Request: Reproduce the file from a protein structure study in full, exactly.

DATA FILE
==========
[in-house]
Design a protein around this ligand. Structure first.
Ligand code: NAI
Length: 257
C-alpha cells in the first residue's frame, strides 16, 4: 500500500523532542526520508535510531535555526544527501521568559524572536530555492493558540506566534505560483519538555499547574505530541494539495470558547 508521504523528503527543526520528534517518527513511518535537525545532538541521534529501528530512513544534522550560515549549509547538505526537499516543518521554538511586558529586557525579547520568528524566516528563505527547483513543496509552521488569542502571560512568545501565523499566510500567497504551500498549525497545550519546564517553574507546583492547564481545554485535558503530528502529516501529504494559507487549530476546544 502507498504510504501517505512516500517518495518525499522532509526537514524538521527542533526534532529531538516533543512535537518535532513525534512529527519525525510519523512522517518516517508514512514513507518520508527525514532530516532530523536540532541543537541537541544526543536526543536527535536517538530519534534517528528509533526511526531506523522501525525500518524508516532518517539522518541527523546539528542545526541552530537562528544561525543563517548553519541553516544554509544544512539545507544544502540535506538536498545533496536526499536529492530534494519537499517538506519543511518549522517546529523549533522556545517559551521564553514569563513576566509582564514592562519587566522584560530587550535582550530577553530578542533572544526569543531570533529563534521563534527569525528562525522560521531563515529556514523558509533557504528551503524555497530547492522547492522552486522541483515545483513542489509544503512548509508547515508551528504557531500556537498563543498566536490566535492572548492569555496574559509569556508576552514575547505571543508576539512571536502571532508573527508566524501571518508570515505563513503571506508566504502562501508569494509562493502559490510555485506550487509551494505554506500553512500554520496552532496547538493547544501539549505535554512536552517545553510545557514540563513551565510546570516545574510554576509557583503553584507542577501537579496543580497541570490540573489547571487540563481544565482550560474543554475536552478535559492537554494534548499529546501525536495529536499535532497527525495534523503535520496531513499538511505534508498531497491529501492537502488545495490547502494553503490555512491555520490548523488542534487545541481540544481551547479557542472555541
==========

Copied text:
[in-house]
Design a protein around this ligand. Structure first.
Ligand code: NAI
Length: 257
C-alpha cells in the first residue's frame, strides 16, 4: 500500500523532542526520508535510531535555526544527501521568559524572536530555492493558540506566534505560483519538555499547574505530541494539495470558547 508521504523528503527543526520528534517518527513511518535537525545532538541521534529501528530512513544534522550560515549549509547538505526537499516543518521554538511586558529586557525579547520568528524566516528563505527547483513543496509552521488569542502571560512568545501565523499566510500567497504551500498549525497545550519546564517553574507546583492547564481545554485535558503530528502529516501529504494559507487549530476546544 502507498504510504501517505512516500517518495518525499522532509526537514524538521527542533526534532529531538516533543512535537518535532513525534512529527519525525510519523512522517518516517508514512514513507518520508527525514532530516532530523536540532541543537541537541544526543536526543536527535536517538530519534534517528528509533526511526531506523522501525525500518524508516532518517539522518541527523546539528542545526541552530537562528544561525543563517548553519541553516544554509544544512539545507544544502540535506538536498545533496536526499536529492530534494519537499517538506519543511518549522517546529523549533522556545517559551521564553514569563513576566509582564514592562519587566522584560530587550535582550530577553530578542533572544526569543531570533529563534521563534527569525528562525522560521531563515529556514523558509533557504528551503524555497530547492522547492522552486522541483515545483513542489509544503512548509508547515508551528504557531500556537498563543498566536490566535492572548492569555496574559509569556508576552514575547505571543508576539512571536502571532508573527508566524501571518508570515505563513503571506508566504502562501508569494509562493502559490510555485506550487509551494505554506500553512500554520496552532496547538493547544501539549505535554512536552517545553510545557514540563513551565510546570516545574510554576509557583503553584507542577501537579496543580497541570490540573489547571487540563481544565482550560474543554475536552478535559492537554494534548499529546501525536495529536499535532497527525495534523503535520496531513499538511505534508498531497491529501492537502488545495490547502494553503490555512491555520490548523488542534487545541481540544481551547479557542472555541